Andrew J Bromage
Thu, 15 May 2003 14:16:51 +1000
On Wed, May 14, 2003 at 04:05:54PM +0300, Eray Ozkural wrote:
> It seems to be
> different: is there a language to denote any complete system?
Of course there is. A language is just a subset of the power set of
some symbol alphabet. So, for example, the set of all halting TMs
(encoded appropriately) forms a language.
> Is there a known proof that one needs at least a TM to recognize all
> decidable languages?
Here's my working definition of "decidable language":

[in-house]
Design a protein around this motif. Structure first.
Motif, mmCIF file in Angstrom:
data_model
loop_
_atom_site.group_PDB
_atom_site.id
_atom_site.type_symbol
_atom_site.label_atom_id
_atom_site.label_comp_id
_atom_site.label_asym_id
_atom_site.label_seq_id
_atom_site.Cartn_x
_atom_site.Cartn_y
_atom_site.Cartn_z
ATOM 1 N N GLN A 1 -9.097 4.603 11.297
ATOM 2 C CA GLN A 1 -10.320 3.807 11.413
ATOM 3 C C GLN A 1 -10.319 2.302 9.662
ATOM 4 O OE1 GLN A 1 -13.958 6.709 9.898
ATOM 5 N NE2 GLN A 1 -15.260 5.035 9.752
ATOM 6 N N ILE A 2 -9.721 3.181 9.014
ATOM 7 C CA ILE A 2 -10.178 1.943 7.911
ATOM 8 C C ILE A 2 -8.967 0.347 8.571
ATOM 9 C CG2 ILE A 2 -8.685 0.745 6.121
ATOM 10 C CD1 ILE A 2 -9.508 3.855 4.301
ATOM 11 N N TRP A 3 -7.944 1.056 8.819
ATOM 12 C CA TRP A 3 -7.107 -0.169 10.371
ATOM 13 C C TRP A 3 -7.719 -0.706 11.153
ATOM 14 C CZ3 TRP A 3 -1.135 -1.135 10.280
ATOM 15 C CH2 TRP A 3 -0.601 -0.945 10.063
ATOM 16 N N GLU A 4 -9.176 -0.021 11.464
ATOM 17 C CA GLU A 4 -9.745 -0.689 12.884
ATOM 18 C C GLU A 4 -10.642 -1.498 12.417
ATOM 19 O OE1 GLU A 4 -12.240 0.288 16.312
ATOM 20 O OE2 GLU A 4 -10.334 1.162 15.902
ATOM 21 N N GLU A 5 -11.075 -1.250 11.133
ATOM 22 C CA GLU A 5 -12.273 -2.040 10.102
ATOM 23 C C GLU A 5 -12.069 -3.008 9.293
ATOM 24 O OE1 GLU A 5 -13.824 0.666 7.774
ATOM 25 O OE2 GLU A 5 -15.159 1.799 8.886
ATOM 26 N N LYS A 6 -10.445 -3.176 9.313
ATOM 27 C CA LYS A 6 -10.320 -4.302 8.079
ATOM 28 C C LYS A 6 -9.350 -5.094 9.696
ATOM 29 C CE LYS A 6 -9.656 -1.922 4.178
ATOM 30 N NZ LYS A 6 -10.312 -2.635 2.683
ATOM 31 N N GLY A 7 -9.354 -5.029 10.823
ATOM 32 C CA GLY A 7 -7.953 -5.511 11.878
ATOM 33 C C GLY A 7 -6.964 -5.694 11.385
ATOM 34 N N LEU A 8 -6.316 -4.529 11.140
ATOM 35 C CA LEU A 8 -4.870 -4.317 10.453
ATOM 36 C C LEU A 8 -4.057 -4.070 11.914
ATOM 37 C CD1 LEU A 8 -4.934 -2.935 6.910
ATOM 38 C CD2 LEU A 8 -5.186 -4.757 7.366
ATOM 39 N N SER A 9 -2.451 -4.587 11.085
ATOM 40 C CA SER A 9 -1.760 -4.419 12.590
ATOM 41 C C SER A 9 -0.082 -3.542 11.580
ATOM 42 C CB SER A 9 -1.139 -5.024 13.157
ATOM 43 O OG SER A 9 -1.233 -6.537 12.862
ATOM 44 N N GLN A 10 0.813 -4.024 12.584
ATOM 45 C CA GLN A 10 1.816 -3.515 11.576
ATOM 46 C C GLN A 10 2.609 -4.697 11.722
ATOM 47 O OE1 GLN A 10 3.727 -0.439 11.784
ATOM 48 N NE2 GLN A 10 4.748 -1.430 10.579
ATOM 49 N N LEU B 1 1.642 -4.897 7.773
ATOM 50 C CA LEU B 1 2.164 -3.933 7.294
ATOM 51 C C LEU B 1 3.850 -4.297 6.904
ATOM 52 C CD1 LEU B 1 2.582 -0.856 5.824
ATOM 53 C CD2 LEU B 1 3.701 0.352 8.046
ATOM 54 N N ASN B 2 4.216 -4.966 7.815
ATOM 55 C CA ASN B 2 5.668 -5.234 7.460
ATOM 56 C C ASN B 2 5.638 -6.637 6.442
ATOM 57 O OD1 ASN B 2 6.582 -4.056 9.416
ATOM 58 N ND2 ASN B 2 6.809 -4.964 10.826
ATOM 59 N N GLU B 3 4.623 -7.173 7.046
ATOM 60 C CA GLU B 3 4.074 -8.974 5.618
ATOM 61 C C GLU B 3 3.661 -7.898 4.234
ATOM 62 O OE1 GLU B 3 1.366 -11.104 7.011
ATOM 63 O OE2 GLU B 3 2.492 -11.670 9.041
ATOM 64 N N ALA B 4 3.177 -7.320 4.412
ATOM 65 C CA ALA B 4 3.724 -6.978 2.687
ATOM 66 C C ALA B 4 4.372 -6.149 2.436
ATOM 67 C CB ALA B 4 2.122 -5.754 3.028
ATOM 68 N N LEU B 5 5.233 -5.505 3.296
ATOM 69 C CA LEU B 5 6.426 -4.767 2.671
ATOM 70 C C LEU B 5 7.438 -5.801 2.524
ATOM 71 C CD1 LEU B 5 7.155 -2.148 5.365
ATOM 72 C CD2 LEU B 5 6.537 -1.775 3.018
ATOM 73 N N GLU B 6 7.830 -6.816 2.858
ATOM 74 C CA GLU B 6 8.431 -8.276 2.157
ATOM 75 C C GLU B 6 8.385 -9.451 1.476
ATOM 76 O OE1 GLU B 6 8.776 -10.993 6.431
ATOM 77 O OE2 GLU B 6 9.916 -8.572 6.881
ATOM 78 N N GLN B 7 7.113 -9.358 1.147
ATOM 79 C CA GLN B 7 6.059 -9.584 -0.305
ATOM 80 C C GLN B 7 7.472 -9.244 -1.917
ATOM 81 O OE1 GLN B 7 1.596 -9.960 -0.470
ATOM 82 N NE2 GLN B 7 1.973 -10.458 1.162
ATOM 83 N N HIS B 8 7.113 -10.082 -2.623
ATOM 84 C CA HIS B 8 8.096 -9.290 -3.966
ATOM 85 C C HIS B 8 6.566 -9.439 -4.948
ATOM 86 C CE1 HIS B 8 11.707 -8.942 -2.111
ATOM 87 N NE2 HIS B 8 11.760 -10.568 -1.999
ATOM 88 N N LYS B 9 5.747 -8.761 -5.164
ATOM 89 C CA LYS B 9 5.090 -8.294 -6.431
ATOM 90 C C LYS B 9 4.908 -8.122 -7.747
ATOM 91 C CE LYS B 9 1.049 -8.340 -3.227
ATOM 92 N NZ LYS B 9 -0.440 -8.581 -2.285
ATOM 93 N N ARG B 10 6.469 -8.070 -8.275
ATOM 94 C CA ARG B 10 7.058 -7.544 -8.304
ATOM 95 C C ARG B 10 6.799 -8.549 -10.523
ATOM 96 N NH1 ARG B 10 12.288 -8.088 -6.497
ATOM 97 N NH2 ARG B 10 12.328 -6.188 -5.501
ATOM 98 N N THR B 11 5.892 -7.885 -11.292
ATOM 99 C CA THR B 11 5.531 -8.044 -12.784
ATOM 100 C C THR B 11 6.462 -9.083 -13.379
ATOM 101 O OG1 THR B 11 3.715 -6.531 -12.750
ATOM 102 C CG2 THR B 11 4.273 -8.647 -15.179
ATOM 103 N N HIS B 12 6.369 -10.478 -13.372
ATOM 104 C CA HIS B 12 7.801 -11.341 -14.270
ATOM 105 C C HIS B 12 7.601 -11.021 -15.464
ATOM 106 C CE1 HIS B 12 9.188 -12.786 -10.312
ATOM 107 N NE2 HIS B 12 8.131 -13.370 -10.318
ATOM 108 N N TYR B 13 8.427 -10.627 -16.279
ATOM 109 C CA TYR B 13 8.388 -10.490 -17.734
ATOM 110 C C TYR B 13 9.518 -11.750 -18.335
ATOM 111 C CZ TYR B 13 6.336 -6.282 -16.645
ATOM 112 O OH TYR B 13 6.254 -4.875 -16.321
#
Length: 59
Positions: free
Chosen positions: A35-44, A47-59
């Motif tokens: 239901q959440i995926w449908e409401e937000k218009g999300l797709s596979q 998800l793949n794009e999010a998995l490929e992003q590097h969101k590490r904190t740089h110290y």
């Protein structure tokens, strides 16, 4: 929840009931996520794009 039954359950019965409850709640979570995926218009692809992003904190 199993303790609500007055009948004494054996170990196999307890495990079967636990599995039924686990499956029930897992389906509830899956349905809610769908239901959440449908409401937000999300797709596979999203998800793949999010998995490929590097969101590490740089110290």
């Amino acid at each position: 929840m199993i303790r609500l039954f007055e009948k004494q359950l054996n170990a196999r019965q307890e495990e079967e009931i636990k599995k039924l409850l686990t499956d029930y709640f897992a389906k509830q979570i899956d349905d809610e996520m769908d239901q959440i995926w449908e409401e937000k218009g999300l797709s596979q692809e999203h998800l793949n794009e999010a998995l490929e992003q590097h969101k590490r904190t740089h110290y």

A language L is decidable for some class of automata C if
there is an automaton in C which recognises L and halts
for all inputs.
That is, my working definition of "decidable language" is dependent
on the class of automata in which you're trying to implement
If your class of automata is DFAs, for example, all languages are
decidable, so you don't even need a TM for that. If your class of
automata is TMs, not even a TM will help you.